She cited Egypt, amid its political unrest, as an example where the company’s team there “ensured operations were not disrupted and looked for opportunities to expand the business even in a challenging period.”
Ms. Nooyi also touched briefly on the impact climate change may have on PepsiCo’s business going forward, principally as it may pose a threat to the productivity and availability of agricultural inputs.
Amid such risks, she said the company benefits from “multiple sourcing pipelines” and is working to develop “multiple formulations of various products to be able to cope with changes in raw material availability and price, while
delivering on taste and quality.”
The pressure builds
Against the backdrop of Ms. Nooyi’s upbeat analysis is the continuing shareholder pressure to break up PepsiCo as a way to generate greater shareholder value. In February, Ian Cook, the presiding director of the PepsiCo board, said management and the board were “in complete alignment” on this issue. They were responding to a Feb. 11 letter from Nelson Peltz, who leads Trian Fund Management L.P., which at the time owned PepsiCo shares worth $1.2 billion.
Mr. Cook said PepsiCo was “confident” in the “conclusion that PepsiCo’s value is maximized as an integrated food and beverage company.”
The response did not satisfy Trian, which has called on PepsiCo to close offices in Purchase, N.Y., and Chicago to reduce costs and allow the two business segments to “grow to their maximum potential.”
“Right now, neither one is capable of doing that because they have an anchor around their necks that’s called corporate,” Mr. Peltz said in an interview. He also expressed skepticism about how the PepsiCo beverage line has done
competing with its top rival.
“Despite poor performance in recent years, we believe the beverage business has great potential,” Trian said. “The business generates strong free cash flow and has the only North American distribution system that can compete head-on with Coke.”
More recently, in an interview in Fortune, a Trian executive ratcheted up the rhetoric.
Ed Garden, chief investment officer of Trian Fund Management, accused Ms. Nooyi of mismanagement and of building a “huge bureaucracy” and a “culture of sycophants.”
“What they need are honest, dynamic managers,” Mr. Garden said. “Instead they have a spin-machine.”
While PepsiCo has sought to characterize Trian as isolated in its opposition to the company’s management, other major shareholders have expressed support for Mr. Peltz’s analysis.
In a recent interview with Bloomberg Television, Kevin Dreyer, portfolio manager at Gabelli Funds, said, “We are paying close attention” to the debate, and he challenged the idea that the business would be compromised if beverages and snacks were separated.
“They definitely could be run separately,” he said. “Mr. Peltz’s case certainly is compelling from a financial perspective.”
PepsiCo pushes back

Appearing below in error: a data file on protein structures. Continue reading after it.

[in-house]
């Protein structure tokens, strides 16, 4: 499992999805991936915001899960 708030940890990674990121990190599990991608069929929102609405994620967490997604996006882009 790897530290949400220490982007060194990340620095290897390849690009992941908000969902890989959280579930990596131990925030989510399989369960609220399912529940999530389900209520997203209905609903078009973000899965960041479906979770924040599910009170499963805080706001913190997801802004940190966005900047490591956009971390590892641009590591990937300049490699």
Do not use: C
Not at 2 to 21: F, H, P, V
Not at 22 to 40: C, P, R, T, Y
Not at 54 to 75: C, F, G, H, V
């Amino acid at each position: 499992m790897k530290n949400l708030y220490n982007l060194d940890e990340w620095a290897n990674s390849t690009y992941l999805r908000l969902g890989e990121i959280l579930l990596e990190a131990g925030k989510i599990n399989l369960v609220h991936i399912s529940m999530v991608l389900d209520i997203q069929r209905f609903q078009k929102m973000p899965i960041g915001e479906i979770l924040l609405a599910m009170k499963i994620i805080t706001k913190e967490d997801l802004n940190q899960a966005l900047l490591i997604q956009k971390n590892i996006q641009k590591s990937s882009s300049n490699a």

In her letter to shareholders in the company’s annual report, Ms. Nooyi did not mention Trian by name but emphasized the complementary nature of PepsiCo’s principal businesses.
“PepsiCo’s portfolio competes in two focused, related categories: foods and beverages,” she said. “Both categories have attractive global growth prospects of 5% or more, and our convenient foods and beverages businesses are fairly evenly balanced, with about half of our 2013 revenue coming from each. More importantly, our categories and products are highly complementary, sharing the same customers, consumers and occasions. It is the ‘related diversity’ of the PepsiCo portfolio that we believe gives us an advantaged position over the competition. The Power of PepsiCo’s Portfolio to Enable the Next Wave of Growth.”
She went on to say shared consumer insights help with the development of products both in snacks and beverages.
“Our portfolio allows us to capture coincident eating and drinking occasions using joint marketing and selling,” she said. “When consumers reach for a Frito-Lay snack, we want them to pair it with a refreshing Pepsi beverage or any of our other diverse beverage offerings. Our scale and relationship with our retailers allow us to create in-store destinations to influence consumer shopping patterns and decisions to increase this coincidence of purchase.”
She also pointed to the great success the company, with its mix of beverage and snack products, has enjoyed recently in food service channels.
“The runaway success of Doritos Locos Tacos, a culinary innovation to drive growth for a PepsiCo food service customer, is just one example,” she said. “Doritos Locos Tacos have exceeded $1 billion in retail sales since their launch in 2012. In 2013, PepsiCo won the Buffalo Wild Wings account, giving us access to more than 1,000 locations, by demonstrating the advantages of our combined portfolio.”
Mr. Dreyer said Gabelli has not yet taken an activist tack and believes the controversy will be resolved over time.
“Either they will improve the performance of the business and the stock will respond accordingly, or they will be forced to split it up,” he said.